Limestone Co. woman accused of prescribing controlled substance without license says she’s innocent

Published: Jul. 14, 2021 at 10:25 PM CDT
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LIMESTONE CO., Ala. (WAFF) - A Limestone County woman is now charged with two felonies.

Tammy Hand is accused of prescribing medications without a medical license at the Suboxone...
Tammy Hand is accused of prescribing medications without a medical license at the Suboxone clinics she owns.(Limestone County Sheriff's Office)

Tammy Hand is accused of practicing medicine without a license at her Suboxone clinics.

WAFF 48 spoke with Hand in person off-camera when she told us she is innocent. She’s the owner of SOAR Addiction Recovery, but tells me a doctor is the one who sees all the patients, not her.

These clinics are meant to help people addicted to opioids get their life back on track.

Hand is now facing charges of Practicing Medicine Without a License and Unlawful Distribution of a Controlled Substance. Both are felony offenses.

A representative with the Alabama Board of Medical Examiners says the Limestone County District Attorney’s office issued the warrant and charged Hand.

He says in part, “The charges relate to Ms. Hand’s prescribing of buprenorphine, also known as suboxone when she did not possess a license to do so. Ms. Hand is not licensed as a physician by the Alabama Board of Medical Examiners, nor has she ever been.”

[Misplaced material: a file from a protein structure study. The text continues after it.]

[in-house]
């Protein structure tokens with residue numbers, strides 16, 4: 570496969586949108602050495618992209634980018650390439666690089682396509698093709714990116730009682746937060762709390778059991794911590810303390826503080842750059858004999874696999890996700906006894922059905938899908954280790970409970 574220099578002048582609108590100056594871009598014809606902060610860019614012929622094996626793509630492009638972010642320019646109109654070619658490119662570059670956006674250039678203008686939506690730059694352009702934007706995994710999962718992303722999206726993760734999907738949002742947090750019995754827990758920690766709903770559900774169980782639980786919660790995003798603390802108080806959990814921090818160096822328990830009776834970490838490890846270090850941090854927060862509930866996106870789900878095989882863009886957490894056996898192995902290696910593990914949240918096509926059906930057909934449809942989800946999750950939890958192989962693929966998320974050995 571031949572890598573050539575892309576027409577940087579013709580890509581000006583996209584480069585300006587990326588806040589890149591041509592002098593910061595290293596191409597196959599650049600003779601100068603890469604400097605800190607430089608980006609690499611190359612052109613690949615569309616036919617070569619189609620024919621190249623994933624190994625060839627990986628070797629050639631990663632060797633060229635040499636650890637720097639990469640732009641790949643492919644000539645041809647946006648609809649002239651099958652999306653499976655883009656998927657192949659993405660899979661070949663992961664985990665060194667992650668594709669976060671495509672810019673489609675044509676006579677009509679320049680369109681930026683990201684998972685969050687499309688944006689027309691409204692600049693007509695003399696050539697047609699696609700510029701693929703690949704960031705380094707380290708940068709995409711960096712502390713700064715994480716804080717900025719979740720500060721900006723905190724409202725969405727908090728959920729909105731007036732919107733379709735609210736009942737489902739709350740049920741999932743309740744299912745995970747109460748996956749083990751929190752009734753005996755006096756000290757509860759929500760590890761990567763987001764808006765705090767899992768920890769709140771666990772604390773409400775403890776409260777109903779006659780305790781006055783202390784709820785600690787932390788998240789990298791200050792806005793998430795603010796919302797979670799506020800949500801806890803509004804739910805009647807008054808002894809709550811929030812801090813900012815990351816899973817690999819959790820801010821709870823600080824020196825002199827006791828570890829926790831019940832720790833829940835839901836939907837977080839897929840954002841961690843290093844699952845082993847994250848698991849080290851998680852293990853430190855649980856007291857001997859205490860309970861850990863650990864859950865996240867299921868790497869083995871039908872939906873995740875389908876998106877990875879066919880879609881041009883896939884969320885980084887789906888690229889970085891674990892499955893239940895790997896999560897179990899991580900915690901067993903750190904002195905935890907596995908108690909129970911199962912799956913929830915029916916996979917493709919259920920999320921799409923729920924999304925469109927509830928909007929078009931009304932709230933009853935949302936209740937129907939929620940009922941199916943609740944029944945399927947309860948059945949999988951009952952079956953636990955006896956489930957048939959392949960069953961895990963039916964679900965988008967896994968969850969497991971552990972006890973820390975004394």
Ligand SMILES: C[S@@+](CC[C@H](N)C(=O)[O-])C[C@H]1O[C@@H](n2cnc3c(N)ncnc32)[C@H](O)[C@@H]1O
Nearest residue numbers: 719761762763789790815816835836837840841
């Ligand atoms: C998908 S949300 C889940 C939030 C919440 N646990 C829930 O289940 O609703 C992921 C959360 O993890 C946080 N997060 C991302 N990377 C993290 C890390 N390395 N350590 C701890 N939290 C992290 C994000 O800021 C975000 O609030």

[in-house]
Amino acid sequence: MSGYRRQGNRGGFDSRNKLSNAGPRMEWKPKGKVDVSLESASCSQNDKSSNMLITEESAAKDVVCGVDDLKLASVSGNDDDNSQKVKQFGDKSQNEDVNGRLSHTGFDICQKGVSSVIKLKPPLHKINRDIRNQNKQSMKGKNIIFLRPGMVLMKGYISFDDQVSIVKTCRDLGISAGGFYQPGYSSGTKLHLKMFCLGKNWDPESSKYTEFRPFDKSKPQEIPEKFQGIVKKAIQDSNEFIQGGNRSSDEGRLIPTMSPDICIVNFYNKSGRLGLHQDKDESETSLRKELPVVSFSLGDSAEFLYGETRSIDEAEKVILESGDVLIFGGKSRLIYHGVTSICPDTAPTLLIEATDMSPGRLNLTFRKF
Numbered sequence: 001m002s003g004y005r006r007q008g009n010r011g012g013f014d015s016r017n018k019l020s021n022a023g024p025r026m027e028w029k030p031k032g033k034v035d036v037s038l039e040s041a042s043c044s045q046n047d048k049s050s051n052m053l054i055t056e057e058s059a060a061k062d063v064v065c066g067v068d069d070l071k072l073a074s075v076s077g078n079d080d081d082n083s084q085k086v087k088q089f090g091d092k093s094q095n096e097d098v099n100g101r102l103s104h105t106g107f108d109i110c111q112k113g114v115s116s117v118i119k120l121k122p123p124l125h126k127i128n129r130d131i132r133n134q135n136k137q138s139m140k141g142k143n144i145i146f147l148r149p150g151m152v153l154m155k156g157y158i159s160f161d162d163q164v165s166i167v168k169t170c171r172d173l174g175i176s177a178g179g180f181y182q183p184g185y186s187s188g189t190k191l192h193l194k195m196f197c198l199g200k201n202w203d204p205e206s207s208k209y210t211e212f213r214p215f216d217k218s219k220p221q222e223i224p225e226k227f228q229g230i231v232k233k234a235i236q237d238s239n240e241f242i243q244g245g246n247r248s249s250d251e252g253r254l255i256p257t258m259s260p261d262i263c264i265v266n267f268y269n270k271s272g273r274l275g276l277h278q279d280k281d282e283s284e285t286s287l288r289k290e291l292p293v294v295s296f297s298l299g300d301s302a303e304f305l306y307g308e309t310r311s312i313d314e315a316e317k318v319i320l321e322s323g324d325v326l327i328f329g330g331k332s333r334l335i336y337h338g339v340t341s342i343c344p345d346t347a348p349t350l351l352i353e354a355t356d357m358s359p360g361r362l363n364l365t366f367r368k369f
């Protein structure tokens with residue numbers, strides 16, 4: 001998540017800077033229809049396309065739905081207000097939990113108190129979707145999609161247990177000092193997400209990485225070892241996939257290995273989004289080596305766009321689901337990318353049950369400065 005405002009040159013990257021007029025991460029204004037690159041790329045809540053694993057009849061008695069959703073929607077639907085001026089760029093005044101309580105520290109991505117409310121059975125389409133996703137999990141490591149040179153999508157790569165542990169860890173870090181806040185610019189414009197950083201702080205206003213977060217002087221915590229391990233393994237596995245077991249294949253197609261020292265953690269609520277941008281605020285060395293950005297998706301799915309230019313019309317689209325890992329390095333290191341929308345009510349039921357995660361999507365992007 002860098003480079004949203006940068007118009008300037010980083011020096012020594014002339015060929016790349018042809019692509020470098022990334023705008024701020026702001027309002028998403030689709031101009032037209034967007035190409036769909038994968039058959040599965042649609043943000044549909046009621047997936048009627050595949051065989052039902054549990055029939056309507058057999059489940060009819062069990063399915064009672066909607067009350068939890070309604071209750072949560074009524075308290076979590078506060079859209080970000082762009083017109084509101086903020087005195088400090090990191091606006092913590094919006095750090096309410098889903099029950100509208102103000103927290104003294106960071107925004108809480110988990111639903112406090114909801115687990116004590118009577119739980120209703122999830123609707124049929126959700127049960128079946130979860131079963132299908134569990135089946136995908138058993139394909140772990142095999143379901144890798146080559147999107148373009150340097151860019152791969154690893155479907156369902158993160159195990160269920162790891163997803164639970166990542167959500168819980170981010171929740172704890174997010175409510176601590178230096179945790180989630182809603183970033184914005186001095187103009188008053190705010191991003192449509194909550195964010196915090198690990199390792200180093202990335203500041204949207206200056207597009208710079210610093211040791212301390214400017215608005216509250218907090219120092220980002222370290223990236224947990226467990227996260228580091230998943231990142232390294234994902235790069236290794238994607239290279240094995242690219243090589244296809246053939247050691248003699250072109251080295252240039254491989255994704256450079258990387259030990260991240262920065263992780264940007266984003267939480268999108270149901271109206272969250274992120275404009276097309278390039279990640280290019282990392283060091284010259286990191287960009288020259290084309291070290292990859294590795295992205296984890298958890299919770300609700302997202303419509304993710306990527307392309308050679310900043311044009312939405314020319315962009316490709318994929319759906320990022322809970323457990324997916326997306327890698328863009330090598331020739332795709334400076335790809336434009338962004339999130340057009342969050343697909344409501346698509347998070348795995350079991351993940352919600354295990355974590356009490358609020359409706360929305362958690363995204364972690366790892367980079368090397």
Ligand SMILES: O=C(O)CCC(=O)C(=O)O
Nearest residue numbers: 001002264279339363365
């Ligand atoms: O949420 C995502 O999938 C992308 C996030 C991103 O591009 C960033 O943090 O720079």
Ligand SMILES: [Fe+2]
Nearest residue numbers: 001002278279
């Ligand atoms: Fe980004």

WAFF 48 talked with Dr. Gary Adams, the medical director of the two SOAR clinics. He says Tammy Hand was arrested on July 6 at the Ardmore Clinic.

“Tammy was arrested for distributing a controlled substance but she only does that under my direction. The State Board investigator found no evidence of wrongdoing and actually complimented us on our charts. We did nothing wrong and are open for business,” Adams said.

During the pandemic, the state announced it would not impose penalties for noncompliance on controlled substances for health care providers who in good faith utilize telemedicine to care for their existing patients.

Both clinics utilize telemedicine.

On the same day Hand was arrested, the state returned to normal enforcement of all laws concerning prescribing controlled substances. Dr. Adams says Hand will sometimes electronically file prescriptions with his approval.

A representative with the Alabama DEA office in Birmingham says this is legal as long as the doctor reviews the prescription and signs it.

Hand’s attorney, Brent Woodall, also sent us a statement, saying he is eager to get into the courtroom to present a vigorous defense on these charges. And he’s confident Hand will be found innocent.

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